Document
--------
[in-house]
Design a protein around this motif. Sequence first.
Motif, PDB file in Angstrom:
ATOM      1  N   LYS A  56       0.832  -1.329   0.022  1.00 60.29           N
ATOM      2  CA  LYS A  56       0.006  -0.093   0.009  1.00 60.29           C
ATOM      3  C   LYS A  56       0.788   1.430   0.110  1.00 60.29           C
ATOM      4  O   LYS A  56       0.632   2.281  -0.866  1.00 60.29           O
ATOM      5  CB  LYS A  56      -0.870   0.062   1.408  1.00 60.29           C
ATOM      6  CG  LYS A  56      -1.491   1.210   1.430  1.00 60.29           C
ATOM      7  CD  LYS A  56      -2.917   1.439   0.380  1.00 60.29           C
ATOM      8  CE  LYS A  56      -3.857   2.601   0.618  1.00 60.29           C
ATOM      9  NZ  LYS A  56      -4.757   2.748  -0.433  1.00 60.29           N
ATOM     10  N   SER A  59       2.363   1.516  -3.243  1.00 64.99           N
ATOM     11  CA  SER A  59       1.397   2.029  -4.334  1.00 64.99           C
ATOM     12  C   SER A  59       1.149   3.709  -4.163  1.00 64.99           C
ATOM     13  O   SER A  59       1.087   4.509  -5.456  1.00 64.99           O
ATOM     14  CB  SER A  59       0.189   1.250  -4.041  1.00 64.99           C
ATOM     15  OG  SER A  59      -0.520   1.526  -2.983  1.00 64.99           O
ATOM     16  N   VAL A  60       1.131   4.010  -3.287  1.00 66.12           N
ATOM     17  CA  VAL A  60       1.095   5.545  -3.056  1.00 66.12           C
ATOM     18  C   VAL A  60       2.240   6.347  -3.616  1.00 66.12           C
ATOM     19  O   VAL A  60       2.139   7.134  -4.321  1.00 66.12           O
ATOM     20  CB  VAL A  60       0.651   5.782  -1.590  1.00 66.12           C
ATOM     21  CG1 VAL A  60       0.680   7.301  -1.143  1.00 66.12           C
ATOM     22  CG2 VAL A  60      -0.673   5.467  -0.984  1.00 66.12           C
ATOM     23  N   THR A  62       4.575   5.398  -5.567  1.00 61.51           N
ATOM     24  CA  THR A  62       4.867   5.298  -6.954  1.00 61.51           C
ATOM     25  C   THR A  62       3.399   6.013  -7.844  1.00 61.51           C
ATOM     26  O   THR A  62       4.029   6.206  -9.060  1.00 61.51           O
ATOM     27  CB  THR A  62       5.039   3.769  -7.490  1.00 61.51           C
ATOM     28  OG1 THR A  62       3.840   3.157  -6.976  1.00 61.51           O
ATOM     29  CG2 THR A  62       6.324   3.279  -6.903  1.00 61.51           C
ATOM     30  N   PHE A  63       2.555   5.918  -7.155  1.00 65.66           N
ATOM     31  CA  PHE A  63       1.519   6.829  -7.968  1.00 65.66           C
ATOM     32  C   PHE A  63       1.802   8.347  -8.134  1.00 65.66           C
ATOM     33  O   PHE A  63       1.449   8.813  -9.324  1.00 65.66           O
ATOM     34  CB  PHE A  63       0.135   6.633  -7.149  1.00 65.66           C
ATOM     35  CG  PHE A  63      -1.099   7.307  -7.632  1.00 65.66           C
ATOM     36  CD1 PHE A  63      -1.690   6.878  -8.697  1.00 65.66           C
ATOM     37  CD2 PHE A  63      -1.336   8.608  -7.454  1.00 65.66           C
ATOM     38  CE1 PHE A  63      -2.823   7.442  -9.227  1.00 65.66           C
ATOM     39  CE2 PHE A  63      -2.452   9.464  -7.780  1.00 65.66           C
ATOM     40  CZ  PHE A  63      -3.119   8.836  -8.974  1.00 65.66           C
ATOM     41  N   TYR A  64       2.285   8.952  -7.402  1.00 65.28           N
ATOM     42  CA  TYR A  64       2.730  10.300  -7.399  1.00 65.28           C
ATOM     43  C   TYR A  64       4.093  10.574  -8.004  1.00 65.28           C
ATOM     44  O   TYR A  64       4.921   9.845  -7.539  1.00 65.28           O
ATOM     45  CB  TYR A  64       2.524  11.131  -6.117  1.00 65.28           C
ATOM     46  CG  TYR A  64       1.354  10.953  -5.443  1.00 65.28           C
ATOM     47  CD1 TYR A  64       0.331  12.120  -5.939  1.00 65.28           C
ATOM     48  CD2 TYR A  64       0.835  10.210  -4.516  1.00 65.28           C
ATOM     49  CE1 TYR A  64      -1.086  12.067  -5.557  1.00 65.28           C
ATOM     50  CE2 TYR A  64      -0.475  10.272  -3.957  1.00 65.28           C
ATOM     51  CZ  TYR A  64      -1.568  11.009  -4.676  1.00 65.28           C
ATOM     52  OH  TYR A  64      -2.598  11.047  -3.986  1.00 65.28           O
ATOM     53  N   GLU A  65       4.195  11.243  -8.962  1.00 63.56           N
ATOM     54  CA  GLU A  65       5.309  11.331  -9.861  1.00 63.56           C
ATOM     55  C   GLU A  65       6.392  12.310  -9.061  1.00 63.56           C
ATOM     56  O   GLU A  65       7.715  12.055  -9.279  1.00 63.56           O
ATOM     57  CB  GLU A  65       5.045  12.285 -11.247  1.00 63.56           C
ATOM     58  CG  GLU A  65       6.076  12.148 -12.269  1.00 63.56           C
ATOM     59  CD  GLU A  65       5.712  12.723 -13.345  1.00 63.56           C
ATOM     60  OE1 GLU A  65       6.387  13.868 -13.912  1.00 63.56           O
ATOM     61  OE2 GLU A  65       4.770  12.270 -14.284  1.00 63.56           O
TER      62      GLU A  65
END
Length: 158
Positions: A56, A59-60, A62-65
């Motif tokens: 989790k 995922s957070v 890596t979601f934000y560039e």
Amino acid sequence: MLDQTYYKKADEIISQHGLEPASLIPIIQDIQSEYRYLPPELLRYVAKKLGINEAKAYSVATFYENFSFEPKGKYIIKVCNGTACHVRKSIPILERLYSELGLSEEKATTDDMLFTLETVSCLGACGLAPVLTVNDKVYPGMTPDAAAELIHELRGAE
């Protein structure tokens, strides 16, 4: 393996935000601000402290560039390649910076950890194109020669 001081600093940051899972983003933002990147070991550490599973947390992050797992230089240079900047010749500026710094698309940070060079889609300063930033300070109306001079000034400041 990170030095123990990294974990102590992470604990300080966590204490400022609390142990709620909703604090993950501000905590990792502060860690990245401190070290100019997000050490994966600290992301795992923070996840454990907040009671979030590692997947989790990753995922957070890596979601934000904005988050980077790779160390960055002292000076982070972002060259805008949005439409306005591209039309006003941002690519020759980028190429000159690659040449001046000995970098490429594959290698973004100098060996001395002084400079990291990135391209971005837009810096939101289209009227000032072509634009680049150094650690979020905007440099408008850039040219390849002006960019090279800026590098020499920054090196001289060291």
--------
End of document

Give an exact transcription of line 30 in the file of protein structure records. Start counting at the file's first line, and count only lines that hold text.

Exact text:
ATOM     27  CB  THR A  62       5.039   3.769  -7.490  1.00 61.51           C